So why do scientists get such a bad rap for lacking common sense? There are several reasons, none of them noble. The first is human nature. All people -- without exception -- would like to think that they smarter than their peers. But unless you happen to be the smartest person in the world, there will always be someone else to frustrate your claim to the title. And the more people who frustrate this claim, the more frustrated you will become. Another potential source of discomfort is one's level of education. People with college degrees have an entirely reasonable claim to know more about how the world works. They even have an entirely reasonable claim to being smarter (that is, possessing better analytical skills, not just information), because colleges have entrance requirements based on IQ and achievement test scores. Unfortunately, many people protect themselves from the truth about their own undeveloped education and intelligence by devising various rationalizations. These include: "Scientists lack common sense," or "Scientists have always been wrong," or "Scientists don't understand how the real world works."

Unfortunately, these rationalizations are given a boost by the natural misunderstandings that occur between scientists and the public. Most people's knowledge extends to their immediate surroundings: their job, family, neighborhood, etc. And their belief system is subjective; that is, either driven by self-interest, or driven by considerations immediately surrounding them. By contrast, the scientist's knowledge extends to universal observations and generalities. When examining large groups of people, it is often impossible to devise theories or policies that satisfy everyone's self-interests. Often these interests are opposed to each other, so the scientist must make a more objective analysis of the situation. For example, the knowledge and interest of a business owner may extend no farther than his factory. The knowledge and interest of an economist, however, extends to the entire economy, from the factory level to the national level. And the economist may point out that the factory is causing pollution, and call for a national policy to deal with this life-threatening problem. Of course, the polluting factory owner is offended by this assault on his self-interest, and bitterly complains that economists have no idea how difficult it is to run a business, or how the real world works, or… well, you get the idea.

This rationalization is given another boost by the scientist's specialization of knowledge. Critics of science claim that most scientists become so involved in their very narrow specializations that they lose touch with the general world. A high school graduate who regularly reads newspapers and magazines knows more about what is going on in the real world than a biologist who is buried in his butterfly collection. Thus, when the biologist is asked for his views on the world, he might say something like, "We need to stop all human activity on earth to save the butterflies."

It is true that the "ivory tower" effect exists to some degree (although not quite as much as the above parody suggests). But being cut off from the real world is actually a much greater problem for the uneducated. Studies have shown that people who watch too much TV seriously overestimate the levels of violence and sex in the real world, thanks to the heightened levels they witness on TV. (2) With the average family watching more than seven hours of TV a day, this is a considerable amount of time being separated from reality. (3) At least scientists have a claim to studying the real world, not a fictionalized, Hollywood version of it.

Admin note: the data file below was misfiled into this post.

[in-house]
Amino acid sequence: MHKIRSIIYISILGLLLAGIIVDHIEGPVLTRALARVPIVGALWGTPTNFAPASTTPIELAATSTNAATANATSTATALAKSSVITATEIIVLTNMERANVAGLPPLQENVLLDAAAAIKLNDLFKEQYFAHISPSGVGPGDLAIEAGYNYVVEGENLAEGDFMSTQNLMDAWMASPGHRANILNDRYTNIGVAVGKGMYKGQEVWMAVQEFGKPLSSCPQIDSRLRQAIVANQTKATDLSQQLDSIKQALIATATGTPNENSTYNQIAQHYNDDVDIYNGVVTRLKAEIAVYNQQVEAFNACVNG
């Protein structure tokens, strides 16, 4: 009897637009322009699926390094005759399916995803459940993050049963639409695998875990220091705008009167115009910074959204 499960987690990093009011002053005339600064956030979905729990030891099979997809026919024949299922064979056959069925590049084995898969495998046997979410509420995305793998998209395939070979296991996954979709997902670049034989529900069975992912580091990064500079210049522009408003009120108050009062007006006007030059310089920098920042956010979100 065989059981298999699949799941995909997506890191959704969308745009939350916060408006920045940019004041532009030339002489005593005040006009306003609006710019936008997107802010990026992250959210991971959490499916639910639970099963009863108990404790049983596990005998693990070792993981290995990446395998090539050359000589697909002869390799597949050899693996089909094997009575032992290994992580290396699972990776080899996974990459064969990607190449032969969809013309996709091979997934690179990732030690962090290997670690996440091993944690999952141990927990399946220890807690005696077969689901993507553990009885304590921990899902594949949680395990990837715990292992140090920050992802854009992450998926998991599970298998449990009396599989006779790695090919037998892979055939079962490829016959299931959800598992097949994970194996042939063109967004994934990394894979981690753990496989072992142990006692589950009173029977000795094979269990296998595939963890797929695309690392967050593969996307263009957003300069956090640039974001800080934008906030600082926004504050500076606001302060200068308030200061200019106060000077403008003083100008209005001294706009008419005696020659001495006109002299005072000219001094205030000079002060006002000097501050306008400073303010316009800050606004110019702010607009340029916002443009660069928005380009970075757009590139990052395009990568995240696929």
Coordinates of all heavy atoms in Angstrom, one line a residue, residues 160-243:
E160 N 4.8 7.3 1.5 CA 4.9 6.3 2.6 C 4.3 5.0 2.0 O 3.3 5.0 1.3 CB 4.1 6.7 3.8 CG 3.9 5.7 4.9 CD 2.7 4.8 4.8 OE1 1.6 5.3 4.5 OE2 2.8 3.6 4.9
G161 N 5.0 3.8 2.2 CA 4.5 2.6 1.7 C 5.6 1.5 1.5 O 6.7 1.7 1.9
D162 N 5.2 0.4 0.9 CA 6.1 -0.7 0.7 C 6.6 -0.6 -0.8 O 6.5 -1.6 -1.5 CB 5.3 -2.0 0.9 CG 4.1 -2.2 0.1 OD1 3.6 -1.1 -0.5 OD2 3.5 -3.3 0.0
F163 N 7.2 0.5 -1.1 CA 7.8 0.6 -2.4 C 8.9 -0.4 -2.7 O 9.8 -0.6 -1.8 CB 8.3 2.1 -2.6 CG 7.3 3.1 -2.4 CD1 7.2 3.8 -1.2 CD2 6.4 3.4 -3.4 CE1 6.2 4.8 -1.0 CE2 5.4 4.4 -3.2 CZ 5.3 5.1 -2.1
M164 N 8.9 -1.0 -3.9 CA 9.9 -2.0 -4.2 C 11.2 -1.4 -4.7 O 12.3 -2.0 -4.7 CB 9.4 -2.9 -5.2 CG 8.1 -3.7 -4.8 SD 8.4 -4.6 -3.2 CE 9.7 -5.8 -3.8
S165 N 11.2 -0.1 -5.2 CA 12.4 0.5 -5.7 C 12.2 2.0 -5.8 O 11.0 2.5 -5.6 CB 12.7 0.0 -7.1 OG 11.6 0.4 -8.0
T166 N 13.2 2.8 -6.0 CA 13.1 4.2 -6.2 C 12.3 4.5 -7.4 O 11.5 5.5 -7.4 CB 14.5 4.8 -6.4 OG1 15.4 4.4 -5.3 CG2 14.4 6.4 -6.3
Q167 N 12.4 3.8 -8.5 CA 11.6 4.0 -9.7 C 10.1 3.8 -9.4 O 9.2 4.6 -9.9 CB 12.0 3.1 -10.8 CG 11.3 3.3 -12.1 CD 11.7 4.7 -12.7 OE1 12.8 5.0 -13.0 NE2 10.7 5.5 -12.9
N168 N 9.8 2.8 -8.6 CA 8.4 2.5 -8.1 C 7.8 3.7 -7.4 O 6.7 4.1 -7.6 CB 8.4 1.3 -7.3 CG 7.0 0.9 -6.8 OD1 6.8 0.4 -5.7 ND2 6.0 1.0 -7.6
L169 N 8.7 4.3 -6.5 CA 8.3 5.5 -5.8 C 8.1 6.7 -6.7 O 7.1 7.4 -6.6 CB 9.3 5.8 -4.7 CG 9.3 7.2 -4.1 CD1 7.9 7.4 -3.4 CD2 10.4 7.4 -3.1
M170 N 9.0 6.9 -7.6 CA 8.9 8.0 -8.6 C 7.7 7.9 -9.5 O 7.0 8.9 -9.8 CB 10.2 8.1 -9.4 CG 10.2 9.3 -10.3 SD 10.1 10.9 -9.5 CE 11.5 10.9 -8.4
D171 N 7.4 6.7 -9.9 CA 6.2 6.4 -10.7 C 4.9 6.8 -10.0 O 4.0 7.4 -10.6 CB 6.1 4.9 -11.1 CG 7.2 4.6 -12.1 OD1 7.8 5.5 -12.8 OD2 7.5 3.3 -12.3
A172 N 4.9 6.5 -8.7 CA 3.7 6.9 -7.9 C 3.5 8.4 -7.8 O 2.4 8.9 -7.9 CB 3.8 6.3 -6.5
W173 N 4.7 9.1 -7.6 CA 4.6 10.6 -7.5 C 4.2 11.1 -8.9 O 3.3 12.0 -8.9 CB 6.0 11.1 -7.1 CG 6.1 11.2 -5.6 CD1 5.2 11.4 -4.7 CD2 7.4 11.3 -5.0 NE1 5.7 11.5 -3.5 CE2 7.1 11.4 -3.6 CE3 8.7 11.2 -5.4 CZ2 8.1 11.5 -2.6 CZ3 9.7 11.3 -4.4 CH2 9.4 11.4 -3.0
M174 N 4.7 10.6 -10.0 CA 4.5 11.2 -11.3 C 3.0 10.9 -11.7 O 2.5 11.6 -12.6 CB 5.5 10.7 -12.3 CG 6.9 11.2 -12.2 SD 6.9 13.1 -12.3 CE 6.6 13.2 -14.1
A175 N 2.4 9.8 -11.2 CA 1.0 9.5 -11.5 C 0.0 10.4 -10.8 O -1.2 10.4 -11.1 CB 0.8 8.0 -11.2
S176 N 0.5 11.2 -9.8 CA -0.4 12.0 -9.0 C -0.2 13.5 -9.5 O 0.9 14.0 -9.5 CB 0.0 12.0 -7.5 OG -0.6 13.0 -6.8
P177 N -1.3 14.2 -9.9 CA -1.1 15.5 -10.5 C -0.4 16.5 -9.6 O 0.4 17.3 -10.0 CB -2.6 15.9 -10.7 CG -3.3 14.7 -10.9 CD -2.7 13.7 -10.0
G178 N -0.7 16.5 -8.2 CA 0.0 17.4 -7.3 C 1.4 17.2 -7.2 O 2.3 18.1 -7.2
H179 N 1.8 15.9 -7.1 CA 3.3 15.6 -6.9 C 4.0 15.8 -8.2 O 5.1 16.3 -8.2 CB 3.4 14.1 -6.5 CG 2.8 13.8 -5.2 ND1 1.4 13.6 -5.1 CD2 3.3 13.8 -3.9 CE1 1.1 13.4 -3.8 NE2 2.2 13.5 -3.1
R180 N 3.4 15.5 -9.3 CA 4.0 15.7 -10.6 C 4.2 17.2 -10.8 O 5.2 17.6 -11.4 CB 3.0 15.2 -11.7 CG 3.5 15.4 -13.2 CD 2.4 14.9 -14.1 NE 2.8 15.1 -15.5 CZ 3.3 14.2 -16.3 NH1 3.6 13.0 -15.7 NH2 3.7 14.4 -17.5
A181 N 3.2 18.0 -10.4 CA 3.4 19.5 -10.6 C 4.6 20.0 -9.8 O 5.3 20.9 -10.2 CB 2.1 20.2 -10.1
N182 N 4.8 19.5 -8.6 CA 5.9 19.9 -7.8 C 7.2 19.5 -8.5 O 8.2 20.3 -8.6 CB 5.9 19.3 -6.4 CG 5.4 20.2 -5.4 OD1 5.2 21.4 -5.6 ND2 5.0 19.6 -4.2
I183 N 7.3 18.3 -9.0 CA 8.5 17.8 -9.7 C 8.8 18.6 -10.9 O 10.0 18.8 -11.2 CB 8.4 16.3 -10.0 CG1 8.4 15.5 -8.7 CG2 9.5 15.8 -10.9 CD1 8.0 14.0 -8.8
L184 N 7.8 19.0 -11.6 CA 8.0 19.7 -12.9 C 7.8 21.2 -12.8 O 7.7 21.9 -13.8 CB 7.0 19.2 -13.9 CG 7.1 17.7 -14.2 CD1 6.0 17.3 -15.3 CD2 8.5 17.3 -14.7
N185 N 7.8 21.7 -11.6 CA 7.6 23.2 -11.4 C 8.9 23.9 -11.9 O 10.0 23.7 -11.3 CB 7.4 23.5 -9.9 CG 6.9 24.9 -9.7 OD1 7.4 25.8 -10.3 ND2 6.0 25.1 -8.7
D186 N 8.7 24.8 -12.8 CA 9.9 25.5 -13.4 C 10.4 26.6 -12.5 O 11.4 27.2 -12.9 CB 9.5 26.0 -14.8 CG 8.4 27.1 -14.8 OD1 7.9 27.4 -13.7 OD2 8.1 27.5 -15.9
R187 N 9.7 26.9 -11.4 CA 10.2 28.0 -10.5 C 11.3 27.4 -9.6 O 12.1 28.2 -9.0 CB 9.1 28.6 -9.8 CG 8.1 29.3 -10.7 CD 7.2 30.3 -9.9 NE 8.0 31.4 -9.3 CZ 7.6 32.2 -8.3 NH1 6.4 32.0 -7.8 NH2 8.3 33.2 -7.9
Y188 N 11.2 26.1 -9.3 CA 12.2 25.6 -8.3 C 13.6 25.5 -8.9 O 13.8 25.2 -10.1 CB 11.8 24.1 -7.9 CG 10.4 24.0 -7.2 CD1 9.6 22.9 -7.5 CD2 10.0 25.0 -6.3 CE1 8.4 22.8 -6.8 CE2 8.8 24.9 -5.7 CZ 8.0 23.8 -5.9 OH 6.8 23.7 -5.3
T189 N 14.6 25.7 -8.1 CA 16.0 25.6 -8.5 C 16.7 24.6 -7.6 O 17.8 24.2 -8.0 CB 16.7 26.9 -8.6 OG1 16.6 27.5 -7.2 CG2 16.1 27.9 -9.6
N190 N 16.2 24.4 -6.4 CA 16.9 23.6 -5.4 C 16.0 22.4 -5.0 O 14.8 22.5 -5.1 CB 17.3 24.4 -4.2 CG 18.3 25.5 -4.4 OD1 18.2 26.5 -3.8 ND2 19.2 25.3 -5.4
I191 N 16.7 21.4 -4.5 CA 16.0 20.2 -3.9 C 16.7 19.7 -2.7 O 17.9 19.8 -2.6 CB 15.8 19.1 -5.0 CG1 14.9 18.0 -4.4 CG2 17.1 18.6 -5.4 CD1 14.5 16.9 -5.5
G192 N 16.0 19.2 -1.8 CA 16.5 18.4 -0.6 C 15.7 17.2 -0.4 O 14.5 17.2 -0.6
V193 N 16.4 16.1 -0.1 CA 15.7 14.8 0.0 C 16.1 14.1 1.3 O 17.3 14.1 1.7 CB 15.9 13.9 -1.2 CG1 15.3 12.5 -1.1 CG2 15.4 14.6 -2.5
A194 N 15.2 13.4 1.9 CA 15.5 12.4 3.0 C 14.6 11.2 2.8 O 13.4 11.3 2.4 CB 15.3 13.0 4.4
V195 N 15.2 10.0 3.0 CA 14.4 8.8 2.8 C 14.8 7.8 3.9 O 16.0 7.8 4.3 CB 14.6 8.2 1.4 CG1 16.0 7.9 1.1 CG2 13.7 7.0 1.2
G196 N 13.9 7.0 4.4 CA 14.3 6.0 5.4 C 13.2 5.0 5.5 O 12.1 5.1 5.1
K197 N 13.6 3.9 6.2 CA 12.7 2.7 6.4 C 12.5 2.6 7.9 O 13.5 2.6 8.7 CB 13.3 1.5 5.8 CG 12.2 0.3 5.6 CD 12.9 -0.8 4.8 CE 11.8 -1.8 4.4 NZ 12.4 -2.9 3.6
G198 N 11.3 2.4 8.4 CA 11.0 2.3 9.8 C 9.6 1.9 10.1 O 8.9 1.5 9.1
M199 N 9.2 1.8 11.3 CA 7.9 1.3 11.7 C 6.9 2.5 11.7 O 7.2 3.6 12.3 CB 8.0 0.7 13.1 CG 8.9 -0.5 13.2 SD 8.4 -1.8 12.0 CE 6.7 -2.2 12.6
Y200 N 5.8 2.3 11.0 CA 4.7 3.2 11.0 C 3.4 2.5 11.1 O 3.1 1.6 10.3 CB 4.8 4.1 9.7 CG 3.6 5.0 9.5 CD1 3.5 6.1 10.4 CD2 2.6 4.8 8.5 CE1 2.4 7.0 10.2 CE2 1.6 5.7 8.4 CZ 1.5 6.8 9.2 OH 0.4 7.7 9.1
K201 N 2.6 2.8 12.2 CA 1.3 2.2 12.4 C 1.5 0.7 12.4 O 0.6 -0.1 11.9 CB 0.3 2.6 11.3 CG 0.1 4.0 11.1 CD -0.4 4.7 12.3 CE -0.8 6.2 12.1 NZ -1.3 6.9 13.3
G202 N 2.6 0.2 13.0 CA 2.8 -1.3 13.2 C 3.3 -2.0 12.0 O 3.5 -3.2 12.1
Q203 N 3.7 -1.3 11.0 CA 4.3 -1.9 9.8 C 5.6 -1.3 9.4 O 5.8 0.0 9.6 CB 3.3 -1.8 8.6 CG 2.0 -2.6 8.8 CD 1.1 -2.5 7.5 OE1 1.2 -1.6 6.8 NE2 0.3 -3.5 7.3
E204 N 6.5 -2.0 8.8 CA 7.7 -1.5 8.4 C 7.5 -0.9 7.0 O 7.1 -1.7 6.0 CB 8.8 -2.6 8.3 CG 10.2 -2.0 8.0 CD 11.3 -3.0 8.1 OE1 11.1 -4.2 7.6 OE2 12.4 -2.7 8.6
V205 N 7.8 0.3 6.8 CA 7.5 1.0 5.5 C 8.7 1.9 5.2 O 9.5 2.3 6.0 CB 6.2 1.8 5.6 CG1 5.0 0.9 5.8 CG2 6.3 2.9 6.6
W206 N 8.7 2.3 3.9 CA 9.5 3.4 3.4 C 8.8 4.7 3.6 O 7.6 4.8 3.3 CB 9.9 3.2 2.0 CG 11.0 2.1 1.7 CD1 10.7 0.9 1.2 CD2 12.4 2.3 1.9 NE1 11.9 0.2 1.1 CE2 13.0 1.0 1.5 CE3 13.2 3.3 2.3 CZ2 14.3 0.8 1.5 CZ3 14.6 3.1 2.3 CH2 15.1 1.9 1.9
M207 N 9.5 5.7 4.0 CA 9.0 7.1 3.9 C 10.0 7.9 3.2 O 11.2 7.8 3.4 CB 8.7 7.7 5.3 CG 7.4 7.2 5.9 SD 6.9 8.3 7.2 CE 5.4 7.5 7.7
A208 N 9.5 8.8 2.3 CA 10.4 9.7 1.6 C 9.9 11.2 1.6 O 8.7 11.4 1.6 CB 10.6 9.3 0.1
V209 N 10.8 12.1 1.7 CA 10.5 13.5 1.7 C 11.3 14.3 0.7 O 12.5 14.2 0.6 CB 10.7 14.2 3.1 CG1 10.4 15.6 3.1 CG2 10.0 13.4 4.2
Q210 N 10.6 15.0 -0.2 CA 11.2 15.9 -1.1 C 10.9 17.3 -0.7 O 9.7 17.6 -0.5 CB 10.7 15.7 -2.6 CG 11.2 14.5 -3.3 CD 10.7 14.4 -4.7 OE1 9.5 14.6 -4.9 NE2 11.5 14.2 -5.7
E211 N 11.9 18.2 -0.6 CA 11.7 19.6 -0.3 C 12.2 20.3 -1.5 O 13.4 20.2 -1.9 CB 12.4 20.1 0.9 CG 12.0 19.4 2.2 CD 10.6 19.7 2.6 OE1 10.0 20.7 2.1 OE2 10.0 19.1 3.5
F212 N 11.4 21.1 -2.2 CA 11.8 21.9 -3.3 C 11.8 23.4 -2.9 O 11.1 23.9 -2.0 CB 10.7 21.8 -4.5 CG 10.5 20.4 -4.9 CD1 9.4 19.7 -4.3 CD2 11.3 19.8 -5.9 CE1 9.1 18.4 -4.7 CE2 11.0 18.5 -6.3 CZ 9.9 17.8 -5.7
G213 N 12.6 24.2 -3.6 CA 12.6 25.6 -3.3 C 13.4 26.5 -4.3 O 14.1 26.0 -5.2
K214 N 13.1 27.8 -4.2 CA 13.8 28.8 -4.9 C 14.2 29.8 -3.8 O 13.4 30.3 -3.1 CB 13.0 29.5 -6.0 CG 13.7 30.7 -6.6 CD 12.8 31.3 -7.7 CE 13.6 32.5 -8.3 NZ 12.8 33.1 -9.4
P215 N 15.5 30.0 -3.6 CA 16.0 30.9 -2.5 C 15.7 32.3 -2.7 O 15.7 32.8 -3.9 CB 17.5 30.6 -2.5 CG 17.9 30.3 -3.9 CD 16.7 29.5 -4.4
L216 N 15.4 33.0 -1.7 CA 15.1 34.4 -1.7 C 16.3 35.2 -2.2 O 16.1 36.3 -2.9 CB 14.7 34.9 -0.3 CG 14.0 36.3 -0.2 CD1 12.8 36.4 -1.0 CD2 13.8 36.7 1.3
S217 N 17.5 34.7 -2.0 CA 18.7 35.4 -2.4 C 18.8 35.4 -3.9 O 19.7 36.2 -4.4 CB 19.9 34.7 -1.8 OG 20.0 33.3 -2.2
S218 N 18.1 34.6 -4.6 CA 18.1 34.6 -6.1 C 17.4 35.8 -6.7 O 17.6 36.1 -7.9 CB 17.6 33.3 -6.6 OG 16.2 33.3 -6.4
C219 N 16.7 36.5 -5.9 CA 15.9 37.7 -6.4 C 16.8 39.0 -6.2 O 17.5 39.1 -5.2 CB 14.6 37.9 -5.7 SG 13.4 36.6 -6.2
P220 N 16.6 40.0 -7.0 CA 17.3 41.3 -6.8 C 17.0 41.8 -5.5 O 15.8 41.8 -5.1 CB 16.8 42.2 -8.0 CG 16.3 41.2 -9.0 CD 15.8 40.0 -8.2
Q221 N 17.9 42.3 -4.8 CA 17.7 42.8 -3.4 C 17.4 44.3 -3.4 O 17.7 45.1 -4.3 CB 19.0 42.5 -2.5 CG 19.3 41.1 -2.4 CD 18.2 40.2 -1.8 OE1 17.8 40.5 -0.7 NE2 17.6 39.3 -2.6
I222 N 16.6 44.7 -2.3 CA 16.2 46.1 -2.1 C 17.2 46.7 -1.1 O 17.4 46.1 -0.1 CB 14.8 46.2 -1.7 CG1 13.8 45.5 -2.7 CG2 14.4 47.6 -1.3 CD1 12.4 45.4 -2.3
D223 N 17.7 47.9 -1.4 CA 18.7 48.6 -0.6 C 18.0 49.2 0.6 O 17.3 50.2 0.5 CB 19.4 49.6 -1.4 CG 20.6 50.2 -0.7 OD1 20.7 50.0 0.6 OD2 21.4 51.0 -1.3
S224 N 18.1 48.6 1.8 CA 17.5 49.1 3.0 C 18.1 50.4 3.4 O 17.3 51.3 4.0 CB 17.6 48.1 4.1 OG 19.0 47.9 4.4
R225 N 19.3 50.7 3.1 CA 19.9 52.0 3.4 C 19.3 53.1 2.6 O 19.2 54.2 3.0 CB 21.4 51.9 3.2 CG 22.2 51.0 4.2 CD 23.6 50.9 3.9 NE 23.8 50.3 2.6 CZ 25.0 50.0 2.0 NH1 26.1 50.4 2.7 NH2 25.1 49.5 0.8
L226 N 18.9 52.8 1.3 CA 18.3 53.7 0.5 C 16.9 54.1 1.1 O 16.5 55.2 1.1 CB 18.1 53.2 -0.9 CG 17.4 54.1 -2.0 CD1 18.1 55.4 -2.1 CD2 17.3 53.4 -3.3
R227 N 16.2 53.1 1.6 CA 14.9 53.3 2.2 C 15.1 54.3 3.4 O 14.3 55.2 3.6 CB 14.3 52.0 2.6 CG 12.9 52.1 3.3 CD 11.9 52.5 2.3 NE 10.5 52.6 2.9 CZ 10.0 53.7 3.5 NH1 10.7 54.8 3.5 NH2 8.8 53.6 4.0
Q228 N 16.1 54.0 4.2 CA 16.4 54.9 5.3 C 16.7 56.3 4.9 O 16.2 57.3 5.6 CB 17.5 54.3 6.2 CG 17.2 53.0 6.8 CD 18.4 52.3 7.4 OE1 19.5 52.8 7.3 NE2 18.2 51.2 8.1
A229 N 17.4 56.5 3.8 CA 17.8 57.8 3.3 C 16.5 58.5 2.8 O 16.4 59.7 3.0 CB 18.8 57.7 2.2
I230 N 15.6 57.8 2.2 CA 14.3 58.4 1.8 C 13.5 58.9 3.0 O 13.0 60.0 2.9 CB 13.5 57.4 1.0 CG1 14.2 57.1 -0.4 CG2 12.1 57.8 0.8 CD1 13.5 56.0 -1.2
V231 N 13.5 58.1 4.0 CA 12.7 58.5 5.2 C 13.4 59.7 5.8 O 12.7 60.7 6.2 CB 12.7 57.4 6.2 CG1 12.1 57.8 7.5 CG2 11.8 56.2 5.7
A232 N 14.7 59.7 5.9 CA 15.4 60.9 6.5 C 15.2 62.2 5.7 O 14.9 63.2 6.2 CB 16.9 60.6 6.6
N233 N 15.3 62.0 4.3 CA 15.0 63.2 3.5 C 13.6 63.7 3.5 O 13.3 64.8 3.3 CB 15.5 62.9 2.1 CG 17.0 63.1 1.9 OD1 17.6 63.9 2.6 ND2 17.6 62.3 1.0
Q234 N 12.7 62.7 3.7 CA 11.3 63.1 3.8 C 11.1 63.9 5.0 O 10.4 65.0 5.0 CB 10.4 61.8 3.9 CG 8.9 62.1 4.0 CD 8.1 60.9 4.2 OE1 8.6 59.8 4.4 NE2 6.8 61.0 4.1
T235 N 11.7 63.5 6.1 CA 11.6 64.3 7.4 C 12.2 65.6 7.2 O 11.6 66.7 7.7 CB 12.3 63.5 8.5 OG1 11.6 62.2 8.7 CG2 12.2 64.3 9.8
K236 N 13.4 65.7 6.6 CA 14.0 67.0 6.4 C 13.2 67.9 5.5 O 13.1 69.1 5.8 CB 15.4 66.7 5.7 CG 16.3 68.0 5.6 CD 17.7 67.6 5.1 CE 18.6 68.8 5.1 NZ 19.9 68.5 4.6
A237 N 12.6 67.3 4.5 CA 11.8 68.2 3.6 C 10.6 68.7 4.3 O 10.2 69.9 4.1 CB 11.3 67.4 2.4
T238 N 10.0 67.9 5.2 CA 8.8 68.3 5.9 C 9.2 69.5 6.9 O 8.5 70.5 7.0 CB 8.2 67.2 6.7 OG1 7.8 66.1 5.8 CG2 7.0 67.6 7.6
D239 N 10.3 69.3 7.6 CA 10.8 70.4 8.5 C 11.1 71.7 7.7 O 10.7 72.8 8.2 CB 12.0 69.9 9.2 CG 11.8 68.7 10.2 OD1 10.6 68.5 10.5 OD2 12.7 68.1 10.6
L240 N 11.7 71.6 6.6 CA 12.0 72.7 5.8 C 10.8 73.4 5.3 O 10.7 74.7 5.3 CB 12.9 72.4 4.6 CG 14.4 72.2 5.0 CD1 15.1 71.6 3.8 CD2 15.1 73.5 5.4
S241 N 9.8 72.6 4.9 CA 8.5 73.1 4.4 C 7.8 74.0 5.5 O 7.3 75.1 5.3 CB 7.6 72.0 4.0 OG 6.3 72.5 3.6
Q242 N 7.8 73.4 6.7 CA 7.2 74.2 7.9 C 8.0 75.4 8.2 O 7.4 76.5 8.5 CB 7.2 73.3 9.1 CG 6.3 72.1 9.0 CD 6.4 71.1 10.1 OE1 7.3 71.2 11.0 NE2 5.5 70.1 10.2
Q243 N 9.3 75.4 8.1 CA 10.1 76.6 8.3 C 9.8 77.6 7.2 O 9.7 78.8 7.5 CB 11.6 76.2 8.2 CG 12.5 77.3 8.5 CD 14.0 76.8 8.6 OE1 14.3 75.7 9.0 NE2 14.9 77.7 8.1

Furthermore, it is simply untrue that scholars isolated in their ivory towers know less general knowledge than average people. Consider a theologian who is obsessed with Christian history, to the detriment of all other reading. Will this scholar get lost in the details of his field as other people keep up with current events and world news? Hardly. If the historian is to make any progress in his field at all, he must first study several fields related to it: sociology, psychology, theology, political science, philosophy, Western history, scientific history, the scientific method, archeology, geology, evolution and creationism -- the list is endless. In other words, the scientist needs a well-rounded education in "how the world works" before he can make any progress at all in his own narrow specialization. That is why the first two years of college are devoted to general knowledge -- and these two years alone will teach a college student more than most non-college educated people will learn in their entire lifetimes. Even at the doctoral level, universities are increasingly promoting diversity of knowledge along with narrow specialization, because the former turns out to help the latter.

The political aspects of the debate

As mentioned above, liberals have historically advocated science, and conservatives common sense. In the 18th century, the political philosophy that dominated U.S. government was "conservative" by today's definition: politicians generally believed in smaller, less obtrusive government, rugged individualism and self-reliance. And their bias towards common sense was apparent from the start.

Thomas Paine's famous tract calling for independence was entitled Common Sense. Early American philosophers created a practical school of thought called American Pragmatism, in sharp contrast to the highly theoretical European philosophies of Kant and Goethe. In his classic 19th century analysis, Democracy in America, Alexis De Tocqueville wrote: "It must be acknowledged that in few of the civilized nations of our time have the higher sciences made less progress than in the United States; and in few have great artists, distinguished poets, or celebrated writers, been more rare." (4) De Tocqueville correctly pointed out that this had less to do with democracy or any other political ideology than the fact that America was a developing country. For pioneer families struggling on the frontier, and even to established communities trying to build and enrich their young society, the immediate goal was survival. They had neither the leisure nor the incentive to consider high theory and literature, unlike their already established European counterparts. And it is interesting to note that once America was extensively settled, it became a highly fertile land of invention, giving the world the telephone, the phonograph, the radio, the light bulb, the car and the airplane.